I then ask Henri, what about my RRSP?  Can I open a discount RRSP account?  He says yes.  I think damm, I put all my money into these stupid mutual funds but I will have to start from scratch with the Discount RRSP account.  I say, can I transfer my bank RRSP money into my Broker RRSP account?  Is that like withdrawing and depositing again?  I was scared to withdraw because everything I read says you should not withdraw from your RRSP otherwise you will pay tax.  He said yes you can, its called transfer in "kind".  I ask, so I don't get zapped with tax implications?  He says no, as long as you don't withdraw the money.  I say yes! but what about stocks?  Can I sell my mutual funds holdings to cash and then use the cash to buy regular stocks and the only fee is the buy fee (which is $10 to buy and another $10 to sell).  He says yes.  I was like WHAT THE HELL?  I didn't like mutual fund fees for about 2 years at this point and didnt' know you could do that.  He said yes.  I then say, is the paperwork the same as the TFSA paperwork, he said yes again. He then tells me that he has an appointment in 5 minutes so I will need to see him tomorrow.

Needless to say, I booked the appointment with Henri, signed the 4 copies of the application,  waited for both the TFSA and RRSP to appear in my new Itrade account.  Started to follow the stock market, I was reading a lot at this point, just devouring all reading materials about stocks, fees, how to place orders, limit orders, market orders. I controlled everything.  If my holdings went up or down, it was my fault, not anyone else's.  I finally decided on a general "up" day in the markets to "cash" out my all mutual funds to cash.  Now this not withdrawing, its staying in the RRSP as cash.

Now I needed to buy stocks, but where the hell to start?  On my readings, I kept coming across something called ETFs.  Exchange traded funds.  They had a fee with them, similar to a mutual fund fee expressed as a percentage.  I also discovered blue chip stocks.  I discovered index investing.  I discovered Dividend investing.  I discovered leveraged ETFs.  I discovered how to read dividend yields.  I discovered how to decide what to do with your income tax refund, pay mortgage or reinvest?  I read articles on people with no RRSPs and pumping everything into their hourse, good? Bad?  you will be interested in that answer.  What was my style going to be?  What to buy?  Is it safe?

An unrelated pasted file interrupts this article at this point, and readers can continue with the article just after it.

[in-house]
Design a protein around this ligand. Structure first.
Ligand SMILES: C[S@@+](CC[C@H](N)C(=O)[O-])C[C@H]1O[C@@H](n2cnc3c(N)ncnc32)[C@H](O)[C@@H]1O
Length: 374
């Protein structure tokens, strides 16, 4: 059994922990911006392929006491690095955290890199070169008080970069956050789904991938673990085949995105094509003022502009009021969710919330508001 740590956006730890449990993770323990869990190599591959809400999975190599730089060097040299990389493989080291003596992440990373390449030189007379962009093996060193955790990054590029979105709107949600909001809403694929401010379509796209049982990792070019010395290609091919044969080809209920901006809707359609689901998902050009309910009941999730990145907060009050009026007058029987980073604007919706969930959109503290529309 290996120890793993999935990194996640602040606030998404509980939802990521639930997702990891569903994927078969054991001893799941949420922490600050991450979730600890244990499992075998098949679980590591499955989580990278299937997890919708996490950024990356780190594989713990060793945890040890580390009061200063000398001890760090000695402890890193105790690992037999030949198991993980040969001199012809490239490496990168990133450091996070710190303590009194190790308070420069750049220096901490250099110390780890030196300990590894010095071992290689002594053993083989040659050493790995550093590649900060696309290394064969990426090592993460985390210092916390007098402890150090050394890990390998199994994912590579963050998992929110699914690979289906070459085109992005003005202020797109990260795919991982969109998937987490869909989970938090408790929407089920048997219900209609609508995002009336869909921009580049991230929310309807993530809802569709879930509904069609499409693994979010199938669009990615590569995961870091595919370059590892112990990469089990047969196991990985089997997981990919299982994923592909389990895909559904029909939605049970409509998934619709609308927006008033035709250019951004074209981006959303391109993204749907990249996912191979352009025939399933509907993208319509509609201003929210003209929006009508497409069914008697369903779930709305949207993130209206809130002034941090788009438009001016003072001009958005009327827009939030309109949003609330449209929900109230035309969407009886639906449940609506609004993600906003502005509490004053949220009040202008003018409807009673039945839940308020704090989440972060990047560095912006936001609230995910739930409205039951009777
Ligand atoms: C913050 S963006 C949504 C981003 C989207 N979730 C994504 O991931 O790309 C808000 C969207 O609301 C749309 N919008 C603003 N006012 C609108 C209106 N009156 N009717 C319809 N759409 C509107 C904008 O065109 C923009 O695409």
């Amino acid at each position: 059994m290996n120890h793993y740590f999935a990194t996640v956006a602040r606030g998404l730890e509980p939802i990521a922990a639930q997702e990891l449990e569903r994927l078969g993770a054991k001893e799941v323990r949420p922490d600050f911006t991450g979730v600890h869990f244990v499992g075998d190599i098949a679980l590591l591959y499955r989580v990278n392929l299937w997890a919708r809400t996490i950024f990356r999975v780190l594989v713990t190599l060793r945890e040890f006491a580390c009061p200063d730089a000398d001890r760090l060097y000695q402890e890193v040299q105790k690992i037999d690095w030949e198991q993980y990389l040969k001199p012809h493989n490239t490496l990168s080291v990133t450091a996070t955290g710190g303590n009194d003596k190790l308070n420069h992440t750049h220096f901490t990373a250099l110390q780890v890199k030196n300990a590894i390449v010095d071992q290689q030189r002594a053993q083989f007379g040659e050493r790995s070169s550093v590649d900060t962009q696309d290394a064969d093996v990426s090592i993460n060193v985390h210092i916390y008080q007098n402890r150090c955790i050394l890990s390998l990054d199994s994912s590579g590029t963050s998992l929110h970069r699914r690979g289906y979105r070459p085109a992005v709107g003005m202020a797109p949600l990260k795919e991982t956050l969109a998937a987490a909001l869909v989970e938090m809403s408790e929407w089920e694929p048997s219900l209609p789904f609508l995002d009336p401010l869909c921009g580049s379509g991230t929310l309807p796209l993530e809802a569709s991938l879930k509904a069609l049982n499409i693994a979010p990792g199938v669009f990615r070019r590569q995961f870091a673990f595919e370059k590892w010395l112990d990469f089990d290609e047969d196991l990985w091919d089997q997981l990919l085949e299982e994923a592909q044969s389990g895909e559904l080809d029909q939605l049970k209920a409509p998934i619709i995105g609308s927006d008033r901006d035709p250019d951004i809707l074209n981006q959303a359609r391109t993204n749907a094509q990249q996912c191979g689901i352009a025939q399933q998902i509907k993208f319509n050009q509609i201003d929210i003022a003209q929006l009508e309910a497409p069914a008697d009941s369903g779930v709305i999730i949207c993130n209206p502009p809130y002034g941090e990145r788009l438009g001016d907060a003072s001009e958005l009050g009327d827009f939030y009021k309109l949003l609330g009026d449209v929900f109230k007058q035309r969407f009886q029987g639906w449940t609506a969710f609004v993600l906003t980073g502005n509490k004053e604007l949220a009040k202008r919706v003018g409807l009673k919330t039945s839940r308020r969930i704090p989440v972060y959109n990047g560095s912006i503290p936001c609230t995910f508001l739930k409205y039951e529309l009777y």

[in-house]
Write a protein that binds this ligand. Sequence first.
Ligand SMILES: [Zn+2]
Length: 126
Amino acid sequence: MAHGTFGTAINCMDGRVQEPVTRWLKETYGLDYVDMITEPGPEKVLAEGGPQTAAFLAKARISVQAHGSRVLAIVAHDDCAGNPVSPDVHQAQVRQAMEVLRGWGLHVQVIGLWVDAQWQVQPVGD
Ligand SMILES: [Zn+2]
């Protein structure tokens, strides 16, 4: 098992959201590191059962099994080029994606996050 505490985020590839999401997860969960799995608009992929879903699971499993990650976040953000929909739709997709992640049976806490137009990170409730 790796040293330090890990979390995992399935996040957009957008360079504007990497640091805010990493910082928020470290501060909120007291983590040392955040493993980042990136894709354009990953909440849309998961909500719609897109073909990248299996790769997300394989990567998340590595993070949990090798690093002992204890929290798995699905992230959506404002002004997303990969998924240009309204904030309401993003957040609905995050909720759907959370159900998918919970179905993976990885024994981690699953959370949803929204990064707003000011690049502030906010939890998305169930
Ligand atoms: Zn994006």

At this point, I totally realized from all family members, all friends, that no one ever talked about investments.  Doing it yourself.  It is simply not promoted by anyone.  Doing it yourself saves a lot of money, that can't be argued but the sheer apathy and avoidance of the topic in every day lives of everyday normal persons is beyond a coincidence.  Canadians need to wake up and realize they can do this, if I can do this, you can too.

No more mutual fund fees  but now I have work to do with my life savings.

Next blog.......How I navigated all the financial jargon and terms and decided on my style and picked my stocks and also picked something else........

No comments:

Post a Comment